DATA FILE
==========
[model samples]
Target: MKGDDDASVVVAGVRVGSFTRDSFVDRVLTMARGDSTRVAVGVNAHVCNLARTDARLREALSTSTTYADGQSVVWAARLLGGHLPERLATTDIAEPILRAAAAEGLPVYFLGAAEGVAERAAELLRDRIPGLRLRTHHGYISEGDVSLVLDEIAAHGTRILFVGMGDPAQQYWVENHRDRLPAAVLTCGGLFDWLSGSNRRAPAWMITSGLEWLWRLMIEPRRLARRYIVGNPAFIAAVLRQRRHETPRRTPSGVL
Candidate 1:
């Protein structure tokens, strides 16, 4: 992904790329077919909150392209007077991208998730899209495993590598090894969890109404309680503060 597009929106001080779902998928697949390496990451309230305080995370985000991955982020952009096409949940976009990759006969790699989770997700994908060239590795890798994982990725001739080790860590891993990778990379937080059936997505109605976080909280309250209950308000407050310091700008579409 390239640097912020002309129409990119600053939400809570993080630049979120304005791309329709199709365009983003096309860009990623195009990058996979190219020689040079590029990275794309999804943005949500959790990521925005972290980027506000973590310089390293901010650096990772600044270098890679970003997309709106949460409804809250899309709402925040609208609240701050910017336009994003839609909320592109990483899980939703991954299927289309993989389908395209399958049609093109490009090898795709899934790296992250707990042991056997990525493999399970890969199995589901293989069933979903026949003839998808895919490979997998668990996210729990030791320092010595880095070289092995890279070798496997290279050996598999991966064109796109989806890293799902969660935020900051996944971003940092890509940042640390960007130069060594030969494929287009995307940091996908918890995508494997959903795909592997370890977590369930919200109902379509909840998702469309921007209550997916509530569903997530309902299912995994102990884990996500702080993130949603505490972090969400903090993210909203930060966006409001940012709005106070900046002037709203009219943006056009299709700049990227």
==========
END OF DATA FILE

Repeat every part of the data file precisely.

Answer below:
[model samples]
Target: MKGDDDASVVVAGVRVGSFTRDSFVDRVLTMARGDSTRVAVGVNAHVCNLARTDARLREALSTSTTYADGQSVVWAARLLGGHLPERLATTDIAEPILRAAAAEGLPVYFLGAAEGVAERAAELLRDRIPGLRLRTHHGYISEGDVSLVLDEIAAHGTRILFVGMGDPAQQYWVENHRDRLPAAVLTCGGLFDWLSGSNRRAPAWMITSGLEWLWRLMIEPRRLARRYIVGNPAFIAAVLRQRRHETPRRTPSGVL
Candidate 1:
């Protein structure tokens, strides 16, 4: 992904790329077919909150392209007077991208998730899209495993590598090894969890109404309680503060 597009929106001080779902998928697949390496990451309230305080995370985000991955982020952009096409949940976009990759006969790699989770997700994908060239590795890798994982990725001739080790860590891993990778990379937080059936997505109605976080909280309250209950308000407050310091700008579409 390239640097912020002309129409990119600053939400809570993080630049979120304005791309329709199709365009983003096309860009990623195009990058996979190219020689040079590029990275794309999804943005949500959790990521925005972290980027506000973590310089390293901010650096990772600044270098890679970003997309709106949460409804809250899309709402925040609208609240701050910017336009994003839609909320592109990483899980939703991954299927289309993989389908395209399958049609093109490009090898795709899934790296992250707990042991056997990525493999399970890969199995589901293989069933979903026949003839998808895919490979997998668990996210729990030791320092010595880095070289092995890279070798496997290279050996598999991966064109796109989806890293799902969660935020900051996944971003940092890509940042640390960007130069060594030969494929287009995307940091996908918890995508494997959903795909592997370890977590369930919200109902379509909840998702469309921007209550997916509530569903997530309902299912995994102990884990996500702080993130949603505490972090969400903090993210909203930060966006409001940012709005106070900046002037709203009219943006056009299709700049990227």